The Ontario government is calling all carbon emitters to provide feedback on what sort of “offset” credits will be allowed for the province’s coming cap-and-trade system.
The government announced the consultation Tuesday afternoon, as it seeks inputs on the "criteria, process and administrative requirements" to register worthy offsets, which can be used by a business to meet their obligations under cap and trade.
“The proposed regulation would allow companies participating in the cap and trade program to purchase carbon offset credits for reducing their emissions or removing greenhouse gases emitted by sources not covered by cap and trade,” stated a release. “Offset credits can be purchased for projects such as tree planting, which absorbs carbon dioxide, or manure management, which captures and destroys methane gas.”
Ontario intends to start its cap-and-trade system next year, with the province’s first auction tentatively slated for March, 2017. Under cap and trade, big emitting businesses, as well as fuel distributors, will have to purchase emission allowances equal to their customers’ and facilities’ greenhouse gas emissions. The government will lower the GHG emission ceiling by about 4 per cent annually, reducing the number of credits and increasing the price of those remaining.
The latest consultation was announced while Environment Minister Glen Murray was in Morocco for the latest United Nations climate conference. The announcement was also made on the same day as another cap-and-trade auction was being held by California and Quebec, which is a joint carbon market Ontario plans to link up with in 2018.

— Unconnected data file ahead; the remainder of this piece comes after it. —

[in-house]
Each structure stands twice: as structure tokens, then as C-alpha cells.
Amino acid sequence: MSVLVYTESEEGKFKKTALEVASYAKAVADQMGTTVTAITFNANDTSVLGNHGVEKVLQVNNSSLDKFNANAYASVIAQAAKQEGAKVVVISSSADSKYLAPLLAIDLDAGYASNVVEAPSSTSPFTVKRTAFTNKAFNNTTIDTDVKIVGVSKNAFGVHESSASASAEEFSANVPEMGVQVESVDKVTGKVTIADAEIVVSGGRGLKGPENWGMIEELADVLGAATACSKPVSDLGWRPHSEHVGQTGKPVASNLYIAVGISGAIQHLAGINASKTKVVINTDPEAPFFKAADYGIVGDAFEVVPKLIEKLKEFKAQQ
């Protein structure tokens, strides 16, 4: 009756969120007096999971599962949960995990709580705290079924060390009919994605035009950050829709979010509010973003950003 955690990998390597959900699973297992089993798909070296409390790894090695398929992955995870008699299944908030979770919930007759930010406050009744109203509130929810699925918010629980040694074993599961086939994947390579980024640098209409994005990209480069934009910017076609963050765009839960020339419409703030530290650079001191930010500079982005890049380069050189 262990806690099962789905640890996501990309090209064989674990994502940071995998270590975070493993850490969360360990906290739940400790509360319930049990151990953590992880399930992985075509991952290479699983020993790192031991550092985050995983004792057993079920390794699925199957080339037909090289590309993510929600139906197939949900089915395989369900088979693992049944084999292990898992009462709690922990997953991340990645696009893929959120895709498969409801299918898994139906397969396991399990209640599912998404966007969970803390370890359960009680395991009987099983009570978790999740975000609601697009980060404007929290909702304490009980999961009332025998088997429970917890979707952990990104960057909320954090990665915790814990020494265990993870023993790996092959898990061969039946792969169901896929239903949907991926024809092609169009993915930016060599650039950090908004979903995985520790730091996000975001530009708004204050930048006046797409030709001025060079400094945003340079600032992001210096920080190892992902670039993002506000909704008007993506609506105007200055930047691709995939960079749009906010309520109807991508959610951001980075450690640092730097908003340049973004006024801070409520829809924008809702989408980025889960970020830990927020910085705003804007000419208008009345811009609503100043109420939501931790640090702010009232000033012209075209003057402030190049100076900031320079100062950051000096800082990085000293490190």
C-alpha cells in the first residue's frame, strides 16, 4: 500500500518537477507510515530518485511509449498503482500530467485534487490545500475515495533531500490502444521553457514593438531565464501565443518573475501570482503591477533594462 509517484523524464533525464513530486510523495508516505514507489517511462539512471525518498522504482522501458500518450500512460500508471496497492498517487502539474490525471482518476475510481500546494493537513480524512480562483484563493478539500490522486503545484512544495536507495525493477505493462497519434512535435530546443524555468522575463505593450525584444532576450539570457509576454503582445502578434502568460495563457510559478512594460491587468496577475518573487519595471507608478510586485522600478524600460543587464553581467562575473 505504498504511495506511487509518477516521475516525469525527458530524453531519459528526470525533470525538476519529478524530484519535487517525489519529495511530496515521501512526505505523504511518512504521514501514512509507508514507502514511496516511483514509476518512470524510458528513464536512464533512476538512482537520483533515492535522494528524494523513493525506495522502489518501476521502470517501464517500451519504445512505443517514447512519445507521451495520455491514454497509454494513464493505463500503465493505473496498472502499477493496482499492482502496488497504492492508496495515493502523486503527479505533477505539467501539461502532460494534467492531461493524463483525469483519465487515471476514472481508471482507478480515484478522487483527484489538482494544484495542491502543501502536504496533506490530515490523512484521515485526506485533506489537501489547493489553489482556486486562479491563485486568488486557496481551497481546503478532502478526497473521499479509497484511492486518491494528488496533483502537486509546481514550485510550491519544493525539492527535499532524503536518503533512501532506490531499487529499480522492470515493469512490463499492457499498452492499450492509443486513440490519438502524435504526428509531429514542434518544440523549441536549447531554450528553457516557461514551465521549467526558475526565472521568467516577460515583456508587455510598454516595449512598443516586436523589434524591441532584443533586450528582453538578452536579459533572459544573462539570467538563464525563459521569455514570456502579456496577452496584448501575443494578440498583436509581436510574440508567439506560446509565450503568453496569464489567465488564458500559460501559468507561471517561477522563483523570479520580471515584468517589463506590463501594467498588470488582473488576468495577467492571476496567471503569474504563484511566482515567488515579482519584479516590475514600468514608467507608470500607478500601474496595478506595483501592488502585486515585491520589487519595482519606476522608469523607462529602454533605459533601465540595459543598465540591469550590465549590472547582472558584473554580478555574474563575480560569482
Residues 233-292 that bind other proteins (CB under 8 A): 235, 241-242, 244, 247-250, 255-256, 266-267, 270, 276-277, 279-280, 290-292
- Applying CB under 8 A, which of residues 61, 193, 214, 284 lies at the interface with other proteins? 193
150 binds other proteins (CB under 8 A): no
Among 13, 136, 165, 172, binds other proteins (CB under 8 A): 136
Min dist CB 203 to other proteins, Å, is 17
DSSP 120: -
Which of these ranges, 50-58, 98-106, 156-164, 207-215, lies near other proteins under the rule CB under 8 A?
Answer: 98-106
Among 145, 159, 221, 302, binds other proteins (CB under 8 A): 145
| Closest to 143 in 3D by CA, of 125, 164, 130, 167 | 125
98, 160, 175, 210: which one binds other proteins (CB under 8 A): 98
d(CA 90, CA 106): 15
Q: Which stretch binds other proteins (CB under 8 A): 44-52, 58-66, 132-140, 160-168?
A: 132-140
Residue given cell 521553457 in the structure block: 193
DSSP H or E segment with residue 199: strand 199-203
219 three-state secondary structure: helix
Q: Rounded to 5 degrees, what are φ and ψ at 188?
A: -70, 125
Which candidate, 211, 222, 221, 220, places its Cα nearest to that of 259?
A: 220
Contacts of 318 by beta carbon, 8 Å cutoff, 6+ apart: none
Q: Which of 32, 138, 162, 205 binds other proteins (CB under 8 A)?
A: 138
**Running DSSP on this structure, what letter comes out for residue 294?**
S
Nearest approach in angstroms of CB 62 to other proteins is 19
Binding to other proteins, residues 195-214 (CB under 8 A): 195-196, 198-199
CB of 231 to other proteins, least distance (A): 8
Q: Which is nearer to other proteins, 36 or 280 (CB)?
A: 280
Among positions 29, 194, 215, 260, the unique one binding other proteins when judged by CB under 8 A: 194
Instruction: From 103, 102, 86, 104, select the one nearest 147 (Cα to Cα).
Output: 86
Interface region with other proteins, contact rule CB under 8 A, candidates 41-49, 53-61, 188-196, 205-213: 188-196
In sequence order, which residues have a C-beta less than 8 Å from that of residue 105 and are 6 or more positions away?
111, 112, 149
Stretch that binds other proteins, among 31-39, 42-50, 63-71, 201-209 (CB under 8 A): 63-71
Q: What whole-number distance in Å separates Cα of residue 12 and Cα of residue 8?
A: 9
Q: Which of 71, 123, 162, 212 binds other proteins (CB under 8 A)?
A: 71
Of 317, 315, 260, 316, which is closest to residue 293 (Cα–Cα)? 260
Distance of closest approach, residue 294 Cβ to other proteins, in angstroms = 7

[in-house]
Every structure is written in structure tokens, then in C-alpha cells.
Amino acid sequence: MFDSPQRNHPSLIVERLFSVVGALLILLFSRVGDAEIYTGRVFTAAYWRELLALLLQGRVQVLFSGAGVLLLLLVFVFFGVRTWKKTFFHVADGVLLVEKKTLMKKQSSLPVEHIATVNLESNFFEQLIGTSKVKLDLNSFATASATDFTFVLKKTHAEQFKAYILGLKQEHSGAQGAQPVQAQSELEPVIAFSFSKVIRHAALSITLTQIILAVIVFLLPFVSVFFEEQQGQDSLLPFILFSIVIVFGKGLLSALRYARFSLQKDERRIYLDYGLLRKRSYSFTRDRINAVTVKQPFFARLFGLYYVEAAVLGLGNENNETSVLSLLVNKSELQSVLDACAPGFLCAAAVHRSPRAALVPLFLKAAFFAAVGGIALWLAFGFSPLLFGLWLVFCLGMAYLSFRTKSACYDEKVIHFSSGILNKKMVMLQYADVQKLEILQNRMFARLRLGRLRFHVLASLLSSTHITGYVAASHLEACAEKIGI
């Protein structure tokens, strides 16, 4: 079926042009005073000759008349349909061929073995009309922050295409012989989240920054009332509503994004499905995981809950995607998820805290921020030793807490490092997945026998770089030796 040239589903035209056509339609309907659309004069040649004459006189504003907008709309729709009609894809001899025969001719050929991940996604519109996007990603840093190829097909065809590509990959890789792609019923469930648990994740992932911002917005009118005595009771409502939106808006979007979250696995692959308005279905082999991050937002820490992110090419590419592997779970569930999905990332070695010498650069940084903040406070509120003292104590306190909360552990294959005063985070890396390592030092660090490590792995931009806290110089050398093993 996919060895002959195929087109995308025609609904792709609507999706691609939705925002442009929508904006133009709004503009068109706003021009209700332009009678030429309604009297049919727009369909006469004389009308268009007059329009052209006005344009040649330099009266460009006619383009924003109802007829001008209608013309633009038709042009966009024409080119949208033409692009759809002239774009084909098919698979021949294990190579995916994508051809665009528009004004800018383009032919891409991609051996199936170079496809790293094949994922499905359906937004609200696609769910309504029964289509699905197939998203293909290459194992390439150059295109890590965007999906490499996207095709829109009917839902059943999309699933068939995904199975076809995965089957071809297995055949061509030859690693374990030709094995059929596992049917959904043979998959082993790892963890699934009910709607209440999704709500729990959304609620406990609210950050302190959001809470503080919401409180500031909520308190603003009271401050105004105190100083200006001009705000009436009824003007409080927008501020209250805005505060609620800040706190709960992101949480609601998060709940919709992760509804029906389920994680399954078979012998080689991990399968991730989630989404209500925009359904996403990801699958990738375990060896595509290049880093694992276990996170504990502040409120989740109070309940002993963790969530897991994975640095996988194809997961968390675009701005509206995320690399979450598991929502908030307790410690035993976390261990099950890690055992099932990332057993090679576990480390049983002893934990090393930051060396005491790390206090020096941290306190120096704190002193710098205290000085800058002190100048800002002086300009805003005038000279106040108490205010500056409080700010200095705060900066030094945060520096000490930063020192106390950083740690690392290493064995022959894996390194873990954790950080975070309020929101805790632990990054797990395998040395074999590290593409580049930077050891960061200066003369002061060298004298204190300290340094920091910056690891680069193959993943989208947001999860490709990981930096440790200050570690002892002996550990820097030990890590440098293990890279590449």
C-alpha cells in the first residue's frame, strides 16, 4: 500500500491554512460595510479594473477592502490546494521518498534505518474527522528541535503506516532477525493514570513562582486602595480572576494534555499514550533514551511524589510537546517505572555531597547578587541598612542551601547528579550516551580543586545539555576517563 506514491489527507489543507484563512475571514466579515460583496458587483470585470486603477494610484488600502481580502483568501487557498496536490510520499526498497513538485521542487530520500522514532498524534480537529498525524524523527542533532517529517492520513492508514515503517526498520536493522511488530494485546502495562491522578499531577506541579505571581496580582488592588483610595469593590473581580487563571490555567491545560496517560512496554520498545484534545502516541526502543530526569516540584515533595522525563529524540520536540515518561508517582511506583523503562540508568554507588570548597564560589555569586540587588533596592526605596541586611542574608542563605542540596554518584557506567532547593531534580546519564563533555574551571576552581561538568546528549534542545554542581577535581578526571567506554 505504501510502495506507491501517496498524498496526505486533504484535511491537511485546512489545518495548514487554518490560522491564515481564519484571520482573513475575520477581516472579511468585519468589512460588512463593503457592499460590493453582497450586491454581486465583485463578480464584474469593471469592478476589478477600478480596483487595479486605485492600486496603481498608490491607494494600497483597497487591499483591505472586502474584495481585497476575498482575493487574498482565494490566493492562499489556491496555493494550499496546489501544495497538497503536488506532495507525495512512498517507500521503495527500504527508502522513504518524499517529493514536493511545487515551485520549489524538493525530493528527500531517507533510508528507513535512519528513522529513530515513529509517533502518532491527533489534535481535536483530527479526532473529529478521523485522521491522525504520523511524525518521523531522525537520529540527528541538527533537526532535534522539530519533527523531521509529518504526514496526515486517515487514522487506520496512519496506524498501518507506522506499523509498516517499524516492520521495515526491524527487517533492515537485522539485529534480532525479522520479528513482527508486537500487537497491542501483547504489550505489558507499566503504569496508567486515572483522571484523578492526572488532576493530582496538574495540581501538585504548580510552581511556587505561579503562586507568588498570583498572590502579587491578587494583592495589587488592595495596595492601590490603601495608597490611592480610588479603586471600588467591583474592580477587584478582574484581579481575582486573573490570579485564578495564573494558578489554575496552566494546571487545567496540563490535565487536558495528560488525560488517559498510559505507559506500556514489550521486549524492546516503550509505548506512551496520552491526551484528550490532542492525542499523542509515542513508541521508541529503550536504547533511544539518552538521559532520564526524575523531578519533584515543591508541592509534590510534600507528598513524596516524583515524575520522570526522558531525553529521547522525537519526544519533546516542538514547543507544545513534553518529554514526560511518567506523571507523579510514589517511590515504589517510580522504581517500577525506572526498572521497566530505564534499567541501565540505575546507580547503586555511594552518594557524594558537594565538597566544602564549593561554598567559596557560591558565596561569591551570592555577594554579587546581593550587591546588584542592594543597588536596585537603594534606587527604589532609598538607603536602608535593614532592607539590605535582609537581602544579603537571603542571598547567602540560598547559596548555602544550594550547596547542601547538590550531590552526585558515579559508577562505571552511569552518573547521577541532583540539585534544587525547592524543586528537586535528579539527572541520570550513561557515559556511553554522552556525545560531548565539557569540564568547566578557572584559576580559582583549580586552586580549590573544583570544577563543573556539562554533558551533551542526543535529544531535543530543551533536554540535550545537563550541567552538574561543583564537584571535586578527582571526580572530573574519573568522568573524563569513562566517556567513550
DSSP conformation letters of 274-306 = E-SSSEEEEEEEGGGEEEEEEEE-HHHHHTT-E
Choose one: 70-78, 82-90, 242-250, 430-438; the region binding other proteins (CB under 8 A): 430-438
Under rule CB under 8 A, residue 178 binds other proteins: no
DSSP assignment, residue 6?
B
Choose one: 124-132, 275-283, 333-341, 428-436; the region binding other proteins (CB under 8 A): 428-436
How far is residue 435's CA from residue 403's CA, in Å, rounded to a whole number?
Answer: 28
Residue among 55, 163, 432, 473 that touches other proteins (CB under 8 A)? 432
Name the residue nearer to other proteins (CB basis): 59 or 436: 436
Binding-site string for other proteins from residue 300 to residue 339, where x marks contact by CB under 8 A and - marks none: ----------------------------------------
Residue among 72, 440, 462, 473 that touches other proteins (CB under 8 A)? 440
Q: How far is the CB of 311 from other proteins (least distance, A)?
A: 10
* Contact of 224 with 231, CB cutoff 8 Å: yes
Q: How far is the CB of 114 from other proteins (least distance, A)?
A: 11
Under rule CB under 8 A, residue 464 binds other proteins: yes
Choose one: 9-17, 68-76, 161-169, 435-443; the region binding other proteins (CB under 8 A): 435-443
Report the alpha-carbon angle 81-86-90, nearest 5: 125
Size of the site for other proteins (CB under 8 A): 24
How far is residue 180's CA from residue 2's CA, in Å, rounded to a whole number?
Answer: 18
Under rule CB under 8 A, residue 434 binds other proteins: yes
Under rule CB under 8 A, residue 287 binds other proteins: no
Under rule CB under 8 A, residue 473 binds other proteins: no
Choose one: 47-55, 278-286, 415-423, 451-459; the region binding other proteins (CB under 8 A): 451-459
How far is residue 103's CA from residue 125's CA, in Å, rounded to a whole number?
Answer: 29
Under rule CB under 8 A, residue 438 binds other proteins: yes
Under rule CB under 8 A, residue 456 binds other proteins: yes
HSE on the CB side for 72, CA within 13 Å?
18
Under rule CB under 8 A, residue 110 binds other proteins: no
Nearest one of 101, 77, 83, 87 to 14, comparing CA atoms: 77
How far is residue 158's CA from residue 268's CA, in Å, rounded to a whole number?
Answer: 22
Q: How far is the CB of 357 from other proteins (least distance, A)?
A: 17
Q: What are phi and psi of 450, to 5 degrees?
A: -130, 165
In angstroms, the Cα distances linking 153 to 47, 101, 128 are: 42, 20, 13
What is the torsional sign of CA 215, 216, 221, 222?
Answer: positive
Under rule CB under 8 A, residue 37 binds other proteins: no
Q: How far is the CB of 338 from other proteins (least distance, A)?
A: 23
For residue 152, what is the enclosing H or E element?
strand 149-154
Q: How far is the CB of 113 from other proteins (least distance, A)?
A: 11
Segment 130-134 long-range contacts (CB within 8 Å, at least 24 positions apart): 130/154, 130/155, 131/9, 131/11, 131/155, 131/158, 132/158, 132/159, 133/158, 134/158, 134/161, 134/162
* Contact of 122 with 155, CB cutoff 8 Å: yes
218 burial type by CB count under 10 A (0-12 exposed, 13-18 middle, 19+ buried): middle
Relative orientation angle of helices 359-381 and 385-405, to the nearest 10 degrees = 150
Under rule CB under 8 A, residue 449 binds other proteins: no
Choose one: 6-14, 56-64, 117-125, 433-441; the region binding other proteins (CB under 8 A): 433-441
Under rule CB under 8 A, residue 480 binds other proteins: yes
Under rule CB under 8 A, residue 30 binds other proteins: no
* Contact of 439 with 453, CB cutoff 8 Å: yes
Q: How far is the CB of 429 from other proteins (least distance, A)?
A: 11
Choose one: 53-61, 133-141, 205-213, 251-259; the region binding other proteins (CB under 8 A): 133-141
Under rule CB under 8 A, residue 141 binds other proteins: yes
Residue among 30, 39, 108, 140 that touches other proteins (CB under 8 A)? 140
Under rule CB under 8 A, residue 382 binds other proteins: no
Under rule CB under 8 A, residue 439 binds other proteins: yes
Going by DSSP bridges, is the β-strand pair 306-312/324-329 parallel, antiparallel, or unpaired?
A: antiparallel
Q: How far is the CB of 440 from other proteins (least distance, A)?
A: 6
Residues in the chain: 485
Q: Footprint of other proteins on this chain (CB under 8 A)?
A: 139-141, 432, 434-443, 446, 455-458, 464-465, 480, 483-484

California and Quebec joined their cap-and-trade systems in 2014, and had had nothing but sell-out auctions until this year, as the last two carbon credit sales have seen no more than about a third of available allowances sold.
The weak carbon market has raised questions about Ontario’s revenue projections from cap and trade; the Liberal government is banking about $1.9 billion in annual proceeds from the plan. Those proceeds are to be spent on GHG-reducing programs, such as electric car purchase rebates.
The government says that only eight per cent of an emitters’ emission allowances can be offset credits. The proposal is open for a 45-day public review.